There's a dehumidifier shortage that could continue into 2024

dehumidifier drying clothes in utility room
Dehumidifier shortages occurred over the Christmas period with suppliers predicting the shortages could continue into 2024 (Image credit: Getty)

Dehumidifier companies reported that there was a shortage of dehumidifiers over Christmas and New Year, which is expected to continue in 2024.

The rise in sales of the best dehumidifiers has been put down to homeowners trying to lower their energy bills over the cold winter period with the energy-efficient product proving useful for drying clothes relatively cheaply as well as solving damp and mould issues caused by keeping the heating off in cold, damp weather.

Dehumidifier suppliers are now preparing for how they can meet the rising demand this year, although they predict meeting the unprecedented rise in demand could mean the shortage continues into 2024.

Dehumidifier shortage causes waiting list of over 20,000

One dehumidifier supplier claims they had a waiting list of over 20,000 people over the Christmas period wanting a dehumidifier, which they could not provide.

Chris Michael, managing director of dehumidifier supplier Meaco, stated: "Demand has been bonkers. We can't keep up with it.

“Our sales grew from 150,000 dehumidifiers in 2022 to 320,000 dehumidifiers in 2023, so a massive growth spurt. The entire UK market was smaller than that when we started to sell dehumidifiers!

"We did have shortages throughout the autumn, and we could have sold around another 50,000+ units, but the increase of 170,000 units is something that we are proud of."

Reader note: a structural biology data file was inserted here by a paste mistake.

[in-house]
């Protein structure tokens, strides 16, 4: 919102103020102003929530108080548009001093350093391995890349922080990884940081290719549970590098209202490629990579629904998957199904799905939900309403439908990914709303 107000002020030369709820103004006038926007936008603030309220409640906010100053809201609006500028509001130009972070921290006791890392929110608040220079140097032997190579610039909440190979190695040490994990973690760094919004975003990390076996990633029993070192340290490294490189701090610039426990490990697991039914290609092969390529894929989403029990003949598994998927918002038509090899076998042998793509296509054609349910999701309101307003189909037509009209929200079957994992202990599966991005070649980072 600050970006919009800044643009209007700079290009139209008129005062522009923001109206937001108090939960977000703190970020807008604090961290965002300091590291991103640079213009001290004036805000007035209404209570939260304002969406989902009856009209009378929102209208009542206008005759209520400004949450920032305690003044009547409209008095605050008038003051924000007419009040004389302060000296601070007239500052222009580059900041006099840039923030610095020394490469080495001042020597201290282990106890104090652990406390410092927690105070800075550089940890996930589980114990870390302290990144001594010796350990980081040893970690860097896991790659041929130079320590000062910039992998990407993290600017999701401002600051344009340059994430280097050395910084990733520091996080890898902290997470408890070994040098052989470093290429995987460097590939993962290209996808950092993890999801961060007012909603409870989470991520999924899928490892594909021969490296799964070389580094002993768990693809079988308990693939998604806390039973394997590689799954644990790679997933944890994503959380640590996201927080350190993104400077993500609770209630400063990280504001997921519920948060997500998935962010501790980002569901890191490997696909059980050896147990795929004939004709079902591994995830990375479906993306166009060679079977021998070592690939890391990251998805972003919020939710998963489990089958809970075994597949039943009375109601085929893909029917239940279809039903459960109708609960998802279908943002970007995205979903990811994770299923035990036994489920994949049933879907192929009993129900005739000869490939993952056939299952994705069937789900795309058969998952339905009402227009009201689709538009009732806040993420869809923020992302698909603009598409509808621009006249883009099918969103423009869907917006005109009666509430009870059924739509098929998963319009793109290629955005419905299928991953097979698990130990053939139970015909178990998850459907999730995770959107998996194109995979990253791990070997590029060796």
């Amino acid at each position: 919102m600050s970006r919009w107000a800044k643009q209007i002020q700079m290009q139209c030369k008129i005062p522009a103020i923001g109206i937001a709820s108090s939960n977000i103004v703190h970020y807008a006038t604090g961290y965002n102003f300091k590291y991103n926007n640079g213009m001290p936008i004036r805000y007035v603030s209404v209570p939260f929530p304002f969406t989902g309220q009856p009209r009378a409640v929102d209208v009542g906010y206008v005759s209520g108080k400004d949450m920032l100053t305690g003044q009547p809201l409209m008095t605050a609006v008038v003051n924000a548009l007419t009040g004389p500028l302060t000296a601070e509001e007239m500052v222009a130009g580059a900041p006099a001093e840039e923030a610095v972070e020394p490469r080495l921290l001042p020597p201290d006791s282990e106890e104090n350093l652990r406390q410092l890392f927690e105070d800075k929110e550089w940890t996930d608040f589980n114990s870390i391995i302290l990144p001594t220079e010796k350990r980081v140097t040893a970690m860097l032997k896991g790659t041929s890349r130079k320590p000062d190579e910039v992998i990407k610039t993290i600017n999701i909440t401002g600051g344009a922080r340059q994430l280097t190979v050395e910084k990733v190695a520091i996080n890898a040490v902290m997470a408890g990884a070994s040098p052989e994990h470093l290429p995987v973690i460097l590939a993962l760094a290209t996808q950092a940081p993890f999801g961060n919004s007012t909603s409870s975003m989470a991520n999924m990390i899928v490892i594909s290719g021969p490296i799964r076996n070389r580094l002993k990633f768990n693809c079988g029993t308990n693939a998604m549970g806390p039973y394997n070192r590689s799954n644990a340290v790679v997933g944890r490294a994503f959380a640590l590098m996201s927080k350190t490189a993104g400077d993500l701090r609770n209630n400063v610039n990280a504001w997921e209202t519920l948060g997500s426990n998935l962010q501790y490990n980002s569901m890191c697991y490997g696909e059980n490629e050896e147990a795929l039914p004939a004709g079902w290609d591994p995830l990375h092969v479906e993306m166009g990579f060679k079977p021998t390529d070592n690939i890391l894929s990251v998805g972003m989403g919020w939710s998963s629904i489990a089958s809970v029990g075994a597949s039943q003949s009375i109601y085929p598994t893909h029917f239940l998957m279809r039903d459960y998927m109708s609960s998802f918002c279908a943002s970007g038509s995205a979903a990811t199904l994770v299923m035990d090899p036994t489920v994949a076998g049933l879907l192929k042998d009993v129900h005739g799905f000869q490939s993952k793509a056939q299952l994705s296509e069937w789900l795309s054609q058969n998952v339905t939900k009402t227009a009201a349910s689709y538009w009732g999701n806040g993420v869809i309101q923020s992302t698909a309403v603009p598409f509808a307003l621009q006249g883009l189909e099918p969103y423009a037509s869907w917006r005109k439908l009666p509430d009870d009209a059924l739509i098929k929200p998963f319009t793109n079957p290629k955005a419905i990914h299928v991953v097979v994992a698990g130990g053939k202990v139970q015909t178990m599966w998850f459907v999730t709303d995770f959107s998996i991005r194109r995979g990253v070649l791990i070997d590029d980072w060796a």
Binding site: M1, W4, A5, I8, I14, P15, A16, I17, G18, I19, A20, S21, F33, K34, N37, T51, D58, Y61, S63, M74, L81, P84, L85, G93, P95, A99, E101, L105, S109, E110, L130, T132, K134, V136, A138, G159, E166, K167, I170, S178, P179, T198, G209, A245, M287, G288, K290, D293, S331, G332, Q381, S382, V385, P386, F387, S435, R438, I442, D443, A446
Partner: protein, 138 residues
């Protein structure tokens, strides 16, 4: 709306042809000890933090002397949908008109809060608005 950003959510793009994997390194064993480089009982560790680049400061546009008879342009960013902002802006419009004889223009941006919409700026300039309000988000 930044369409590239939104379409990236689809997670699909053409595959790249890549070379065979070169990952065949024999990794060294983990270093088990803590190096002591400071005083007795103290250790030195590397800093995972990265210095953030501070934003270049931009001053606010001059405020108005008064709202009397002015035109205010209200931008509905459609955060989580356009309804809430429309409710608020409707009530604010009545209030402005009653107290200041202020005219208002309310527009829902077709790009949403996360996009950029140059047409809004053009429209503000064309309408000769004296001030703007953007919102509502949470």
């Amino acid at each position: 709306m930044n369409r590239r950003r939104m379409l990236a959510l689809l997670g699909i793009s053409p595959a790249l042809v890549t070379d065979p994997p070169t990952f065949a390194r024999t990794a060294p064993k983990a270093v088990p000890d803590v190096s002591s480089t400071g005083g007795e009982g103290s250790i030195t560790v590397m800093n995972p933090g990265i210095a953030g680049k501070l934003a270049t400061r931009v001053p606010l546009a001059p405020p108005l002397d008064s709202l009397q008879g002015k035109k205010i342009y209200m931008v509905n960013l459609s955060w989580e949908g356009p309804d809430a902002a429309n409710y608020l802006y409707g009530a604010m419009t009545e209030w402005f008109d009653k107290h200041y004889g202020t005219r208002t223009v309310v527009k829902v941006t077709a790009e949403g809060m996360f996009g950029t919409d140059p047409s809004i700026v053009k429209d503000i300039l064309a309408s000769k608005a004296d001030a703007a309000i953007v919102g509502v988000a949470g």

The Household Dehumidifiers market is expected to grow in the next few years, with the the global market size predicted to reach multimillion figures by 2030, with an unexpected annual growth rate between 2023 and 2030 compared to 2021, according to the global Household Dehumidifiers Market report.

Why was there a shortage?

It is no coincidence the dehumidifier shortage occurred during the coldest period year with an increasing number of homeowners using dehumidifiers to heat their homes and save on energy bills.

As dehumidifiers proved to be effective at removing unwanted water from the air homeowners began to question whether "Does a dehumidifier heat a room?" with the answer proving to be "Yes" with desiccant dehumidifiers being used by many to release heat into homes.

Some homeowners have found that dehumidifiers dry clothes more efficiently than tumble dryers meaning they can help homeowners save money on their energy bills, which is vital with the country seeing energy prices rises.

dehumidifier drying laundry

Desiccant dehumidifiers can be used to release heat into a room whilst also reducing humidity as well as drying clothes (Image credit: Meaco)

What are companies doing to counteract shortage?

In hindsight, Chris Michael says the company could have sold 50,000 more units last year, but is now preparing to meet the growing demand in 2024.

He added: "We are looking for further growth in 2024 and have already started to plan production throughout the summer to meet that anticipated demand and hopefully be in stock, for all lines, in 2024.”

Michael says Meaco are planning to supply 100,000 more units than usual to meet demand, meaning, 280,000 in total will be supplied, but claims this may still not be enough.

Joseph Mullane
News Editor

News Editor Joseph has previously written for Today’s Media and Chambers & Partners, focusing on news for conveyancers and industry professionals.  Joseph has just started his own self build project, building his own home on his family’s farm with planning permission for a timber frame, three-bedroom house in a one-acre field. The foundation work has already begun and he hopes to have the home built in the next year. Prior to this he renovated his family's home as well as doing several DIY projects, including installing a shower, building sheds, and livestock fences and shelters for the farm’s animals. Outside of homebuilding, Joseph loves rugby and has written for Rugby World, the world’s largest rugby magazine.